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Executive Shirt Company Essay

Mr. Collier, per your request, I have analyzed Executive Shirt Company’s current production process in addition to evaluating both Mike and Ike’s recommended processes for custom shirt production. Elements considered during this analysis included: Process types, cycle time for the processes, process efficiencies, and costs. Each element is key to identifying the best course of action for Executive Shirt Company, Inc. in regards to the addition of custom shirt production. Process Types

Currently Executive Shirt Company uses a batch shop process, where multiple functional areas perform similar tasks. For example: all of the sewing areas are sewing all components of the shirt. This type of process performs well in this production setting due to the fact that one operation isn’t dependent on another to perform its task (outside of the initial cutting phase). More so, one individual’s sewing performance doesn’t hinder another from sewing their batch of shirts. Mike adopted this process type in his proposal for the addition of custom shirt production; however, Ike took a linier concept (more assembly line focused) for his proposal where operations are performed according to the progressive tasks to construct a shirt. For example: the cuff operation cannot be performed until the sleeve operation is completed. Within Ike’s process, each operation is dependent on the prior to complete its task before the next operation can commence. This causes issues when one operation begins to slow, causing idle time. Cycle Time

It is important to identify the cycle times for each operation in a specific process (see Appendix A-1), given it will allow us to determine the bottleneck – which defines the throughput for the entire process. For the current shirt production process for Executive Shirt Company, we’ve identified cuff making to be the bottleneck – producing 1 cuff every 30
seconds (see Appendix A-1). This means that each operation can only perform its task at the rate of making a cuff.

The same is true when examining Mike’s recommended process. Although Executive Shirt Company will be taking on extra production with custom shirts, Mike’s process integrates the additional shirt production into the current process and utilizes the same number of workers (outside of the cutting process). By doing so, the bottleneck remains the same along with throughput for the entire process.

Ike’s process, however, takes one worker from each operation and shifts their focus to producing custom shirts. Although the bottleneck remains cuff making for the regular shirt production, the throughput time increases an additional 15 seconds (see Appendix A-1). So, by removing a body from each process, it takes longer to produce regular shirts vs. Mike’s process. Additionally, by only having one worker for each operation for custom shirt production the throughput time is greatly elevated. In Ike’s process for custom shirts, the bottleneck shifts to making collars – 1 collar is produced every 3.9 minutes (see Appendix A-1). Efficiencies

When thinking about efficiencies for a production process, we have to look at how much is being produced vs. how much the process could produce and also how labor is being utilized throughout the process. While cycle time gives us a good base understanding for how effective a process is (lower CT shows the process is lean and will become lower as more automation occurs), capacity and direct labor utilization will give us a more definitive look at process efficiency.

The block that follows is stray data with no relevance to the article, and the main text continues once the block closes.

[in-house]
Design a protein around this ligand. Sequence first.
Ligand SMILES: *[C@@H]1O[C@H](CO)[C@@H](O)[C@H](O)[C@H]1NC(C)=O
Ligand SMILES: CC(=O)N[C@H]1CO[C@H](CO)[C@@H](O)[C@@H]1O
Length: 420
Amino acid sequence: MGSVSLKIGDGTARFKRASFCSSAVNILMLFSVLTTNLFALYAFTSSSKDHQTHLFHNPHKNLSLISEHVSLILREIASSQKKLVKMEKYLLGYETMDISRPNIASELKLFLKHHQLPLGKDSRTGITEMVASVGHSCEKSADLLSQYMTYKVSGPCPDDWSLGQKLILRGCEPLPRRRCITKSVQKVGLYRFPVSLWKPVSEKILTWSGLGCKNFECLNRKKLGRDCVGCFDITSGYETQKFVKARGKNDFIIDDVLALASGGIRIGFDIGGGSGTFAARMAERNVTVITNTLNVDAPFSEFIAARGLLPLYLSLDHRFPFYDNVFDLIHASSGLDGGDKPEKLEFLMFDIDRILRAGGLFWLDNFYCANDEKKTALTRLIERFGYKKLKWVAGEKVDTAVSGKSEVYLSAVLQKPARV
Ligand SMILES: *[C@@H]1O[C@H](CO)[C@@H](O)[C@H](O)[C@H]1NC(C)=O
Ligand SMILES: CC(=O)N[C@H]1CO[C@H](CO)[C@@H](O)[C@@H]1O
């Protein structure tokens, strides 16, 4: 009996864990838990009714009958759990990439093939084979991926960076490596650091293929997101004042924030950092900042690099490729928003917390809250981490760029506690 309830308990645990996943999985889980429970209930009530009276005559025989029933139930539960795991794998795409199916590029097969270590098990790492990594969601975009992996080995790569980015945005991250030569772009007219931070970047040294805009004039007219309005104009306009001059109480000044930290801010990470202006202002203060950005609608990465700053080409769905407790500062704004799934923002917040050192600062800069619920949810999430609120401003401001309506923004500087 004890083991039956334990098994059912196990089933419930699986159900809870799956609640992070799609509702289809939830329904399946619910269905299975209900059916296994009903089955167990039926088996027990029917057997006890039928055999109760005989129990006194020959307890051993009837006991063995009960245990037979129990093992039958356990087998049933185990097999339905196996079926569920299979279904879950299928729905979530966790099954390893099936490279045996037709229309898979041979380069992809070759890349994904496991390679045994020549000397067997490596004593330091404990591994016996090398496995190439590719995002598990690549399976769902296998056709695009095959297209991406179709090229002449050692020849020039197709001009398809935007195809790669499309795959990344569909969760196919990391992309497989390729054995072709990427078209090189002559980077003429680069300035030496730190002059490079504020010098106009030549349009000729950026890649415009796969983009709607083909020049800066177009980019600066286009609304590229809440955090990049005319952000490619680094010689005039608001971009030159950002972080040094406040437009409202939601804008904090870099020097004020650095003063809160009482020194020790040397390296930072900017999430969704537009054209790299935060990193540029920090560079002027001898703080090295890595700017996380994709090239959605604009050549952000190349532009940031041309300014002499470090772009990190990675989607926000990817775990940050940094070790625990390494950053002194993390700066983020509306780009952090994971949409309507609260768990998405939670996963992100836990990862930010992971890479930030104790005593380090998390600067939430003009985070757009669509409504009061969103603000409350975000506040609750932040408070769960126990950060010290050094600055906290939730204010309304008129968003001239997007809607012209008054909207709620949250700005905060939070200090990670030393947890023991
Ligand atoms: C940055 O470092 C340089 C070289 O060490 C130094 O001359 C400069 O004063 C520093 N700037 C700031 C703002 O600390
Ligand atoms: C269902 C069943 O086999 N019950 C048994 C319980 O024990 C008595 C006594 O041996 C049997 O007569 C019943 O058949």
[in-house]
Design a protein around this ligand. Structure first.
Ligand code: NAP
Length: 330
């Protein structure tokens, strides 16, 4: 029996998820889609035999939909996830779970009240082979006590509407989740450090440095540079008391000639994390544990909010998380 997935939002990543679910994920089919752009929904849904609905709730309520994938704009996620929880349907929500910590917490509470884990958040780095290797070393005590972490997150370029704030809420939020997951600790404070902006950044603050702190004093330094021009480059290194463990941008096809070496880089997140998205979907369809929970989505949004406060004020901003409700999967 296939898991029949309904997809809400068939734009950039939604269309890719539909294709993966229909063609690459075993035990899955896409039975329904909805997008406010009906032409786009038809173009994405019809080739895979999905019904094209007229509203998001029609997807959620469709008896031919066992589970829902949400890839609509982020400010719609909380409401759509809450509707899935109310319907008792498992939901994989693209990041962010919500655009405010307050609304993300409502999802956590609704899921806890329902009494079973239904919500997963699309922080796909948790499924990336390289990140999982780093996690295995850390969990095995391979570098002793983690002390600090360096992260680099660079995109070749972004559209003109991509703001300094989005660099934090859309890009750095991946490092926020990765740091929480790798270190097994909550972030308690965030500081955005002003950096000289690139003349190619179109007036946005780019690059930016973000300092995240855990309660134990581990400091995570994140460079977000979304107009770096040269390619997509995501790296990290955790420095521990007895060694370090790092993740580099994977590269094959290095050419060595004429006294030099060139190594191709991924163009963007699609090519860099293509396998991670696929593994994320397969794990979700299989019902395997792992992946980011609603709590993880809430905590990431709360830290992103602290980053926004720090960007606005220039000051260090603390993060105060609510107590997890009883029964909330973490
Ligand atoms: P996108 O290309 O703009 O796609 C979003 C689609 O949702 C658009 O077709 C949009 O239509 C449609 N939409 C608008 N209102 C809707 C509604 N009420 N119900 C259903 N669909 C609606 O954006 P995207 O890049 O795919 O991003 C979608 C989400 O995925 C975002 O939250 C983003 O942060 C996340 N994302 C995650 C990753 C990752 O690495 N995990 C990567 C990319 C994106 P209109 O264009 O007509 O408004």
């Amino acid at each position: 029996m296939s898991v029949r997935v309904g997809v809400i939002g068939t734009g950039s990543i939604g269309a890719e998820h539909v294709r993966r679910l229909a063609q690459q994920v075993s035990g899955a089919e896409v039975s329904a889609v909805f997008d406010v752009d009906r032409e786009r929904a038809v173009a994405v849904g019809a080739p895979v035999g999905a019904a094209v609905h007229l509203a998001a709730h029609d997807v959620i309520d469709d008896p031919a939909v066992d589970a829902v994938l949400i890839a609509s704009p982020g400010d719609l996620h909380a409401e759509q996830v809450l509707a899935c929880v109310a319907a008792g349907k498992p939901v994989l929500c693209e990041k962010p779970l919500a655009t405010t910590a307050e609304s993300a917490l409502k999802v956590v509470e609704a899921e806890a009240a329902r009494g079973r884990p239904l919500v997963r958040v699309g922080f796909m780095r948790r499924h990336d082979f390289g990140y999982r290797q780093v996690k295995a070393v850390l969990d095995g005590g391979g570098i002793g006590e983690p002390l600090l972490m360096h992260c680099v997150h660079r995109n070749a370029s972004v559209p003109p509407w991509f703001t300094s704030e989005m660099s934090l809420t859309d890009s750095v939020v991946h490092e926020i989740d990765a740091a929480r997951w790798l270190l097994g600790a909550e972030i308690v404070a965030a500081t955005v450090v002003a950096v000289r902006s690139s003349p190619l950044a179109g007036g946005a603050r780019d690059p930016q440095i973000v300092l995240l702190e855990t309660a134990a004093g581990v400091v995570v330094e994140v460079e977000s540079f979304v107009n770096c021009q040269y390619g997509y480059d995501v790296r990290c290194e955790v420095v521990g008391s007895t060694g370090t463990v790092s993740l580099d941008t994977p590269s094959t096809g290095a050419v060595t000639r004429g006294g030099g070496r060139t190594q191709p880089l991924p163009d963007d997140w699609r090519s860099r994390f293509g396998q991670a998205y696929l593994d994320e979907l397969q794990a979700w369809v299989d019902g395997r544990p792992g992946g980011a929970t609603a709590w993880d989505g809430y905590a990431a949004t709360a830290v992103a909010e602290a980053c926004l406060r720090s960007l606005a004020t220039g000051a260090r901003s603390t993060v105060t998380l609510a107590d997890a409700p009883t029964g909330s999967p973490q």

For Executive Shirt Company, the current process performs at a capacity utilization of 83% and a direct labor utilization of 67% (see Appendix B-1). This means there is most definitely room for production expansion and that’s what we get with both Mike and Ike’s recommended processes. Mike’s recommendation to take on the extra capacity with only adding one worker (to the cutting operation) is expected to up capacity utilization to 94% while only pushing direct labor utilization to 75%. This means Executive Shirt
Company would be producing at max capacity while only increasing direct labor utilization by roughly 8%. Conversely, Ike’s recommendation over indexes on capacity utilization for regular shirt production and greatly underutilizes both capacity and direct labor for the custom shirt production (see Appendix B-1). Costs

Bridging off of efficiencies we turned our focus to cost; which is highly determinant on efficiencies of a process. The more effective and efficient the production process is the lower the cost should ultimately be. The direct labor costs per shirt in Executive Shirt Company’s current process is $3.84. With the efficiencies Mike’s proposal brings, it directly affects costs – driving the per unit labor cost down to $3.47. So with the increased production and decrease direct labor costs, Mike’s process should produce additional margin.

On the other hand, and although Ike’s process would lower the per unit direct labor costs for the regular shirts (due to decrease workers in this process), the over-indexing production causes overtime work in the regular shirt process and far too little work for those in the custom shirt process (see Appendix B-1). Recommendation

Based on our review of the current process and the proposed processes from Mike and Ike, I would have to recommend implementing Mike’s plan. Mike’s plan gives a good balance of production increase and cost savings due to a more efficient process, which in the long run should prove to be profitable.

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